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Missing Klarna payments will affect your credit score under Buy Now Pay Later changes

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If you use Klarna to buy products but pay later, then make sure you keep on top of those payments. Soon, missing a repayment could harm your credit score.

Klarna, a lending service that allows shoppers to pay for goods from the likes of Asos and Misguided in installments, has confirmed it will begin reporting to UK credit reference agencies from June. Klarna says it will protect customers and help them build good credit scores, as long as they pay what they owe.

Alex Marsh, head of Klarna UK, said: “It is alarming that UK consumers are still being forced to take out high cost credit cards to demonstrate they can use credit responsibly and build their credit profile.

Read more: UK interest rates over time – When were mortgage rates at their highest?

“That will start to change on June 1 this year as the vast majority of the 16 million UK consumers who make Klarna Buy Now Pay Later (BNPL) payments in full and on time will be able to demonstrate their responsible use of credit to other lenders.”

Securing a good credit score is vital for lending money, including mortgages to buy a home. A poor history of repaying debt or missing scheduled bills can reduce a person’s score.

Klarna said credit scores will not be immediately affected from June, as the credit scoring mechanisms require updates. Klarna will also make it clear to customers that BNPL options are credit products and missing payments has consequences.

Concerns have been raised about the rapid growth in popularity of BNPL firms generally. While BNPL products can help people avoid paying interest on their borrowing, people may rapidly build up debts through using them as an option at online checkouts.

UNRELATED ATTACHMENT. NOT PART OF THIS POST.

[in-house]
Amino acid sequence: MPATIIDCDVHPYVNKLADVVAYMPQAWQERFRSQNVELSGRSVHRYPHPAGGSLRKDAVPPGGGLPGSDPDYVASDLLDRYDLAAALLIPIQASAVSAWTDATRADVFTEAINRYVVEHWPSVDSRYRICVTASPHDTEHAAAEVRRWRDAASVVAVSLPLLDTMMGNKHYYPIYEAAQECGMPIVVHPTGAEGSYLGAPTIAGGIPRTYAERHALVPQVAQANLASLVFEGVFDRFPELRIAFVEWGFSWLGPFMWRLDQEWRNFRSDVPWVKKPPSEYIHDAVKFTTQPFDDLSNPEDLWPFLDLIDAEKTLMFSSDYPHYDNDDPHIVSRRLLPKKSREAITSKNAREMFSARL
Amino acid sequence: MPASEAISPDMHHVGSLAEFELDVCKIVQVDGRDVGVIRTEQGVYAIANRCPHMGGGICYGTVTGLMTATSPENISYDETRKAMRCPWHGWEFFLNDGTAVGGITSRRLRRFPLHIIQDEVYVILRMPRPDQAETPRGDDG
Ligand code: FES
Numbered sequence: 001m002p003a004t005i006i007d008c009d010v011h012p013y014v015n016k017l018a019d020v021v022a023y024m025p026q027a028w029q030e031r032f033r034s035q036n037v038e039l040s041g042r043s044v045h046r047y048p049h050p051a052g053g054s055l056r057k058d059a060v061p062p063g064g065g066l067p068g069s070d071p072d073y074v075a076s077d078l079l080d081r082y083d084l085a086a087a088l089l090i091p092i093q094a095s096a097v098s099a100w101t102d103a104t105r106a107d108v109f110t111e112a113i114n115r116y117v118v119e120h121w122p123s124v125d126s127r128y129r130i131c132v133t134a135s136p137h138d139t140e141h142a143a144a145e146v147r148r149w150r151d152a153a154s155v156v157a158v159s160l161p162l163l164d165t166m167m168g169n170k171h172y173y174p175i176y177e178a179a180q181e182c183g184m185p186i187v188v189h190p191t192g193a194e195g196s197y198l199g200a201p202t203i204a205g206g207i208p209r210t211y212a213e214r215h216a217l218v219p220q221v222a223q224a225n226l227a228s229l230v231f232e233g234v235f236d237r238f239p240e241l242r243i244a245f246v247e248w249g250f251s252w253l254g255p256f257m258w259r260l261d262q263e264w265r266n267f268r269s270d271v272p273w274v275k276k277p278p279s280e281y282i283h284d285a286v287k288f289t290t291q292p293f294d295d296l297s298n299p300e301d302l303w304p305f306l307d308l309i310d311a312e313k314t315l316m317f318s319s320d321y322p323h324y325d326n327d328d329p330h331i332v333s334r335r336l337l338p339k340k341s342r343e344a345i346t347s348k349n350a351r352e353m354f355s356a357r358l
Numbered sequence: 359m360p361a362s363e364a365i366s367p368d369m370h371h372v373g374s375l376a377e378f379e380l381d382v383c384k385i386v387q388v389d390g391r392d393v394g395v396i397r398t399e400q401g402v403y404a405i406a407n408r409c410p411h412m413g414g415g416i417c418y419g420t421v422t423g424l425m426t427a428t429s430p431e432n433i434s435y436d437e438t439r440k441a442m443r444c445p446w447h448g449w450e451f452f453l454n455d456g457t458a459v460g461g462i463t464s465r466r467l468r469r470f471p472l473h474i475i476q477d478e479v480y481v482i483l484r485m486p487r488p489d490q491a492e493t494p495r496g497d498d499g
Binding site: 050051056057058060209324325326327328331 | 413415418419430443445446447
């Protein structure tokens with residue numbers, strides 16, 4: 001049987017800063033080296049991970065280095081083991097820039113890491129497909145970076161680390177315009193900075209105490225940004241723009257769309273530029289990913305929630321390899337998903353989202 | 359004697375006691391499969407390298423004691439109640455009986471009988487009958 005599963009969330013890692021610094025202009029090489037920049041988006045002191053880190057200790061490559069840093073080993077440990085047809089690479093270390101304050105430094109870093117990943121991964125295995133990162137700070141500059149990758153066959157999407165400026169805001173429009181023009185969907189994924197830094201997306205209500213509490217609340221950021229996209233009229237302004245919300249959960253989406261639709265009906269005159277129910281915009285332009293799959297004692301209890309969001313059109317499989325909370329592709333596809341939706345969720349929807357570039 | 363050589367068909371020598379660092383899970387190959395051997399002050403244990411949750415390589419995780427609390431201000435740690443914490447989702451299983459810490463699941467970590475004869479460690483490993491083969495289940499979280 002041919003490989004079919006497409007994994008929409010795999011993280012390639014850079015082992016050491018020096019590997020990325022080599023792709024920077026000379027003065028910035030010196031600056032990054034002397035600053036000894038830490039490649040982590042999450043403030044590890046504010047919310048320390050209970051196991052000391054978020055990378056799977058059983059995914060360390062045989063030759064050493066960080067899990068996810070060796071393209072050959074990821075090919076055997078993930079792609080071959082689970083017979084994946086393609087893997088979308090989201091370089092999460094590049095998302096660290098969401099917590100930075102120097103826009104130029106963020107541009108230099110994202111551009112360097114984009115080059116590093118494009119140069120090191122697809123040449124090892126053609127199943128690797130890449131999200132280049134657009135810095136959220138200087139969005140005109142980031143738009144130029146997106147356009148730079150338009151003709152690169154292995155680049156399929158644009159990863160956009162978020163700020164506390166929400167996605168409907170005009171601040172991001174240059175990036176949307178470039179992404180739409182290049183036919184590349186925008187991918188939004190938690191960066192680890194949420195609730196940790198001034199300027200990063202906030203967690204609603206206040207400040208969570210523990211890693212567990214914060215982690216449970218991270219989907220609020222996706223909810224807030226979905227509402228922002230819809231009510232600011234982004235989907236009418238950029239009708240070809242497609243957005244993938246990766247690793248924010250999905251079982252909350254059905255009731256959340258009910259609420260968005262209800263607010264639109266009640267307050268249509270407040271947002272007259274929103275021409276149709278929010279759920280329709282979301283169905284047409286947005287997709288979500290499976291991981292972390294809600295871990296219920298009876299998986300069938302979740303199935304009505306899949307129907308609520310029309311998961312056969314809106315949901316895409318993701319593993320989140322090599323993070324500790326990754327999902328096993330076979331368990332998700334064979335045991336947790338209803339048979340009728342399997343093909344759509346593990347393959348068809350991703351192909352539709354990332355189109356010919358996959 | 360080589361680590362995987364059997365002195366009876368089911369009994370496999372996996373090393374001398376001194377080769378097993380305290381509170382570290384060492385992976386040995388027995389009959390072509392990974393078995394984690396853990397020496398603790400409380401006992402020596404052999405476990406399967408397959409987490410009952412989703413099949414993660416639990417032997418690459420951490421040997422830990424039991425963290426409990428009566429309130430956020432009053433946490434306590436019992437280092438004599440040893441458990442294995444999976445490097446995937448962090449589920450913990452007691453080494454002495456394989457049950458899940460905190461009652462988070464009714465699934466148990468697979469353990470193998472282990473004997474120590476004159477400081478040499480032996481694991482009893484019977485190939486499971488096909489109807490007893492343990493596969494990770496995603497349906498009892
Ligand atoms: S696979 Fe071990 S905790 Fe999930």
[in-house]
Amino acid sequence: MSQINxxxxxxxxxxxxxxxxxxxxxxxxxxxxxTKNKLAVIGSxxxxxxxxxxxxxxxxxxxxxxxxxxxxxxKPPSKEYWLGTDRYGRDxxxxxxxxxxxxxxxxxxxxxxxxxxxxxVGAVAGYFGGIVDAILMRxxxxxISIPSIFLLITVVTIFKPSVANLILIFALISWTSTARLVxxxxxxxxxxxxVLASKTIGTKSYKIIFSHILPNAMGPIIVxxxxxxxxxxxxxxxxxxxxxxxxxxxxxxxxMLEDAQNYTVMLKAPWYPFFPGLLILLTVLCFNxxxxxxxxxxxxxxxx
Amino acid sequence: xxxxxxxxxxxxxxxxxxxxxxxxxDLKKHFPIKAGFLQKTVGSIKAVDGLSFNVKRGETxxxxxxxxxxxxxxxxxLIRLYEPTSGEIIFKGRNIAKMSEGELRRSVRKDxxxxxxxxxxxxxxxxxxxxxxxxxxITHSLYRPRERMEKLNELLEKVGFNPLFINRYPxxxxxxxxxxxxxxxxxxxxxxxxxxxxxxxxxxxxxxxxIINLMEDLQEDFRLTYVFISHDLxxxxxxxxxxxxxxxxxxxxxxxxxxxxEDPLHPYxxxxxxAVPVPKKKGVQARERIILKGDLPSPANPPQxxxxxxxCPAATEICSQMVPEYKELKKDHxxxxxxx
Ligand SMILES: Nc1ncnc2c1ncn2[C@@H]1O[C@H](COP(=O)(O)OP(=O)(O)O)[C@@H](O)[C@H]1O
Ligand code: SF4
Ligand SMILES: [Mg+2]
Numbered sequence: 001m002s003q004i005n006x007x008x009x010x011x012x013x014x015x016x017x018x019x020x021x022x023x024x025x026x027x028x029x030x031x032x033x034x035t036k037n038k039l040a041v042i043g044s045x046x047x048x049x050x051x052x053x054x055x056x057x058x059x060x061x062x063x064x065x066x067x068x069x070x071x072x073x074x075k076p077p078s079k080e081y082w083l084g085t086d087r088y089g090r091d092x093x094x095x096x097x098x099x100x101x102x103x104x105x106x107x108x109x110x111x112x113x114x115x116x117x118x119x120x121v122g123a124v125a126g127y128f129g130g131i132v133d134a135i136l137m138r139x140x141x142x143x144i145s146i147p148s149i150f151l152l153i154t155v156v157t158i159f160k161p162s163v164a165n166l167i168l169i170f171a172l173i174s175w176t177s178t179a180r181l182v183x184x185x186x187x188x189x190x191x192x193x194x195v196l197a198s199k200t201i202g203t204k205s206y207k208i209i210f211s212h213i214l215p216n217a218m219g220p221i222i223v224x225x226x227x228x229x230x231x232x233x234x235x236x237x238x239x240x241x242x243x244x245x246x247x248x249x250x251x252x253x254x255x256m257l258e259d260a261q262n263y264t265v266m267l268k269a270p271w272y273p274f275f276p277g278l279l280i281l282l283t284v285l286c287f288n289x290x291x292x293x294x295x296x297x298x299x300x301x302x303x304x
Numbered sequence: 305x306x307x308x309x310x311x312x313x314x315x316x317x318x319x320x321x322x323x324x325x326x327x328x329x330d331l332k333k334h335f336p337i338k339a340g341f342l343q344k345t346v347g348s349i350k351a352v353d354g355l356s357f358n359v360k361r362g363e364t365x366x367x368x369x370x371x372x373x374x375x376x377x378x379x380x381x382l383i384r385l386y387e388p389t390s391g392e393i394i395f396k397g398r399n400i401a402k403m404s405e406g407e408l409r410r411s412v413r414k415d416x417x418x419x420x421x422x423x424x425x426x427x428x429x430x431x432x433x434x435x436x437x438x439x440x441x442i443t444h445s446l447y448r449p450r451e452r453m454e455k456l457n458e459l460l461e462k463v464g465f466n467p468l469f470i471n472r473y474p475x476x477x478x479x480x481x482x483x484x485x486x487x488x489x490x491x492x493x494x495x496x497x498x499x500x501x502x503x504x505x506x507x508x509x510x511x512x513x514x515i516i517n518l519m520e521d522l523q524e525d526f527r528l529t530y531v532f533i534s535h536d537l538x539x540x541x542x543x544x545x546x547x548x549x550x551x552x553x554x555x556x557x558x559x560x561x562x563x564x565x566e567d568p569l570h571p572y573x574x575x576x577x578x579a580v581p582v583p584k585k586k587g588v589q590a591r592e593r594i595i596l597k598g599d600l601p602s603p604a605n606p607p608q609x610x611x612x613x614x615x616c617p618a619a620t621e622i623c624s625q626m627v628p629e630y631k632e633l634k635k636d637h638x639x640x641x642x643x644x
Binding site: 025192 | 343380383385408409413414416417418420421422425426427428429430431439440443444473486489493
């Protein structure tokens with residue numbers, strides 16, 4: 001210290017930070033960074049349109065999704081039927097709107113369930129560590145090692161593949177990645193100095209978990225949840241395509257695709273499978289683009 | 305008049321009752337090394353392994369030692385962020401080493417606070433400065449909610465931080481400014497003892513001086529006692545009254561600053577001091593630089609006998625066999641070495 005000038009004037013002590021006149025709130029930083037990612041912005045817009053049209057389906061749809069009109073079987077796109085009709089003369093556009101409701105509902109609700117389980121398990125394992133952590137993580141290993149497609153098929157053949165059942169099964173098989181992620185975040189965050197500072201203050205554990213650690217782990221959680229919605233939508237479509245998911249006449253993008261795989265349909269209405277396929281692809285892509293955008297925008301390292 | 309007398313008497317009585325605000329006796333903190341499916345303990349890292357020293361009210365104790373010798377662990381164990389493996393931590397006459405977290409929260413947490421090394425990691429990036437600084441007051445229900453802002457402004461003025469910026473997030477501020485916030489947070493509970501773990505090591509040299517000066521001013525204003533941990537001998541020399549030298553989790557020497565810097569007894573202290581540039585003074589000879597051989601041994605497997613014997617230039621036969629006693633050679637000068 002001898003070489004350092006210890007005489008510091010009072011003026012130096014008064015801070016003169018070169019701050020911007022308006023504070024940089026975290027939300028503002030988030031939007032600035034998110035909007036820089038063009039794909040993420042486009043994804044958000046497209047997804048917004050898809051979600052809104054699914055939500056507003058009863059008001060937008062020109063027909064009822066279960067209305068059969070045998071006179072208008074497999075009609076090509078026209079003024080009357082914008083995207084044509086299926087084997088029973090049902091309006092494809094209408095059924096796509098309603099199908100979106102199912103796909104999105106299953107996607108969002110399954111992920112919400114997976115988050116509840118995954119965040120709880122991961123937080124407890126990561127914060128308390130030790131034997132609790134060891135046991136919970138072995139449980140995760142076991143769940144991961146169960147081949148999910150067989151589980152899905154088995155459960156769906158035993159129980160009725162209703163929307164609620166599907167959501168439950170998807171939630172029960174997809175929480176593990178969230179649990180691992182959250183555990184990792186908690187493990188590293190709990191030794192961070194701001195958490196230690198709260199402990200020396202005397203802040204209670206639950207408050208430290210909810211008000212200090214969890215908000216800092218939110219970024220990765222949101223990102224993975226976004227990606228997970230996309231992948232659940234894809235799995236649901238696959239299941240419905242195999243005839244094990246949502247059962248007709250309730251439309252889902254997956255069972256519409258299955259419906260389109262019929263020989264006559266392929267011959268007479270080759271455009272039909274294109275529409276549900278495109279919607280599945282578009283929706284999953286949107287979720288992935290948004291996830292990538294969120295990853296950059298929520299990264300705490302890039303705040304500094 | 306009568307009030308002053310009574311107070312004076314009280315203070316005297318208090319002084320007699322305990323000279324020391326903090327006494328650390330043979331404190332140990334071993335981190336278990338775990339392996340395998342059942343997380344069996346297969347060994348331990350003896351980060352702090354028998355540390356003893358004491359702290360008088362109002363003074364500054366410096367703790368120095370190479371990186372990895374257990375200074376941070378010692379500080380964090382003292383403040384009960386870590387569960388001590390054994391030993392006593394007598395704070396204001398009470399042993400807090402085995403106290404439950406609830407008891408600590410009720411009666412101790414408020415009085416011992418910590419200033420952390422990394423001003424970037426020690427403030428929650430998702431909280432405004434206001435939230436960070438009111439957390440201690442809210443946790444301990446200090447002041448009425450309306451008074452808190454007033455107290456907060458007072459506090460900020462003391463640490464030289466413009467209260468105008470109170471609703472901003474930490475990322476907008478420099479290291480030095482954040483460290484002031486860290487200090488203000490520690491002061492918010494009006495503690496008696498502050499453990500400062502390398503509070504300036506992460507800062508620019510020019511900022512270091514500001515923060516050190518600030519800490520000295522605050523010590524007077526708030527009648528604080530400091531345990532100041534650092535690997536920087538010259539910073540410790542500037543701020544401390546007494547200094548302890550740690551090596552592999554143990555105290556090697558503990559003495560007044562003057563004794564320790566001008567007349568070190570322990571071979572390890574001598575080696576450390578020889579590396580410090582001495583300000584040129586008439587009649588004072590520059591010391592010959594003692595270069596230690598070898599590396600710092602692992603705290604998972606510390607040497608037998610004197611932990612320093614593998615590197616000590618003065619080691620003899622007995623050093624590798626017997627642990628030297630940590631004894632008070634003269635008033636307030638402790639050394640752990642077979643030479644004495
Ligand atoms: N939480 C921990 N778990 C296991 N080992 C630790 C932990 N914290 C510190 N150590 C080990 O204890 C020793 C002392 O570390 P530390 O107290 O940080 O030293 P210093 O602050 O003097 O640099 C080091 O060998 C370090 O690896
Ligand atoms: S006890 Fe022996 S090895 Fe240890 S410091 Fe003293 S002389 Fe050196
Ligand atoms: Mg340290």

The Woolard Review previously found the use of buy now pay later products nearly quadrupled in 2020, amounting to £2.7 billion.

In February, the Financial Conduct Authority said some BNPL firms had agreed to change the terms in their customer contracts to make them fairer and easier to understand.

The UK Government plans to change the law to bring some forms of unregulated BNPL products into FCA regulation.

Jenny Ross, Which? Money editor, said: “Using buy now pay later is an easy and convenient way to pay for millions. However, with currently little to no information or warnings about the risks of incurring late fees or getting into debt, it raises concerns that many shoppers do not fully understand the products they’re using.

“BNPL providers’ move to work with credit reference agencies to report customer BNPL usage and missed payments is a step in the right direction, as it could help mitigate the risk of consumers taking on more BNPL credit than they can afford.

“However, this does not remove the urgent need for Government regulation of all BNPL firms to follow as quickly as possible to ensure users are properly protected.”

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